Judge overturns conviction of Ontario sexual assault victim who broke publication ban on her own name
Lawyer for Kitchener woman hopes decision is 'an educational jumping off point' for justice system
An Ontario judge has set aside the conviction of a Kitchener sexual assault victim who was fined after she pleaded guilty to breaking a publication ban protecting her identity.
The woman, known in court as C.L., was fined in March.
On Thursday, in a virtual hearing to appeal C.L.'s conviction, lawyer Robin Parker told a Kitchener court that she was sexually assaulted by her ex-husband.
Parker said the trial judge described it as a "violent attack" and the accused's "sense of entitlement and lack of respect for the victim's autonomy was shocking."
Parker said C.L. was not in court when the Crown asked for a publication ban at the start of the assault case, adding the ban was not discussed with C.L. and she didn't consent to it.
The publication ban remains in place.
C.L. emailed the written reasons for the judgment to some family and friends. The transcript identified C.L. and her ex-husband, who was convicted of sexually assaulting her.
The ex-husband complained to the police, "and C.L. was criminally charged and prosecuted and convicted," Parker told the court.
She was fined $2,000 and ordered to pay a victim fine surcharge.
'That shield was turned into a sword'
Parker said the law is clear it's not a breach of a publication ban to email a decision to a small group.
"If that were the law, it would indeed have a far-reaching effect not just on victims, but on media and civil society."
In court on Thursday, Crown Julia Forward said her office conceded C.L.'s appeal.
Forward said although C.L. pleaded guilty, the charge of obstructing justice should not have been laid.
"There was a jurisdictional error. It's the Crown's position that the conviction cannot stand and I'm requesting that the appeal be allowed."
Justice Paul Sweeney agreed and set aside C.L.'s conviction. As well, all money C.L. paid in fines would be returned to her.
Parker said Thursday's decision was the right one, but it's concerning the case got so far and "it should have been stopped before it got to this point."
"The purpose of publication bans in sex assault cases is to protect the privacy of complainants because of the shame and stigma that unfortunately exists around reporting."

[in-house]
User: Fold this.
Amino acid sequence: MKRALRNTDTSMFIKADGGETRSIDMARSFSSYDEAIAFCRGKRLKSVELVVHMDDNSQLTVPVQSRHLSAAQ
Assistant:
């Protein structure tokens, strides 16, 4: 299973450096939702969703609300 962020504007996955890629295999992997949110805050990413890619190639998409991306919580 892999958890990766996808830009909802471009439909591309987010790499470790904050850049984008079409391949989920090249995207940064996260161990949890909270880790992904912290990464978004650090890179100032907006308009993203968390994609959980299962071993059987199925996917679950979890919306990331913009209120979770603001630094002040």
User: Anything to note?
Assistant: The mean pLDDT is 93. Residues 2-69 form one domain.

Publication bans, though, have become another vehicle to take away autonomy from victims.
"In this case, that shield was turned into a sword that C.L.'s convicted attacker took up to use against her and the system let him," said Parker.
Parker said it's hoped this case will be used for future education within the justice system.
"C.L. does not want what happened to her to be in vain."
The case received national attention after C.L. pleaded guilty in March.
Ottawa lawyer Emilie Taman told Matt Galloway, host of CBC Radio's The Current, that the case was a "miscarriage of justice."
"Public confidence — to the extent that there is any — in the court's ability to adequately manage sexual assault cases is so fragile as it is," Taman said in the interview last month.
In this case, that shield was turned into a sword that C.L.'s convicted attacker took up to use against her and the system let him.- Lawyer Robin Parker
"Every time you have a case like this, it sends a message to people who may wish to come forward with allegations of sexual assault that this is going to be a process that is going to wear you down until you have no dignity left at all."
In an interview after the decision was handed down on Thursday, Parker told CBC Kitchener-Waterloo she was not surprised by the attention the case received.
"The case itself is really unusual and it begs the question that everybody asks, 'How did this happen?'" she said. "How did so many people fail C.L., from the police who decided to charge her to the Crown's office who decided it was in the public's interest to proceed and to the system overall? It's mind boggling."
'Educational jumping off point'
Parker said the entire section of the law relating to publication bans is "crying out" for reform. Police, Crown attorneys and judges should make it very clear to victims what a publication ban means, she said.
Parker said while C.L. does not want to be named, other victims might, and it should be their right and ability to do so.
"It needs to be easy and straightforward for publication bans to be lifted at the victim's request," she said.
Parker also said the only concern she had with the latest decision was the Crown conceded the case, which meant the facts weren't laid out before the court.
"The court never hears all of the facts and never writes decisions about what happened so that other people can learn from it," she said.
"When we say that we hope that what happened isn't in vain, we'd like this case to become an educational jumping off point in terms of providing educational training to the court, to Crown's offices, about the experience of victims in the justice system."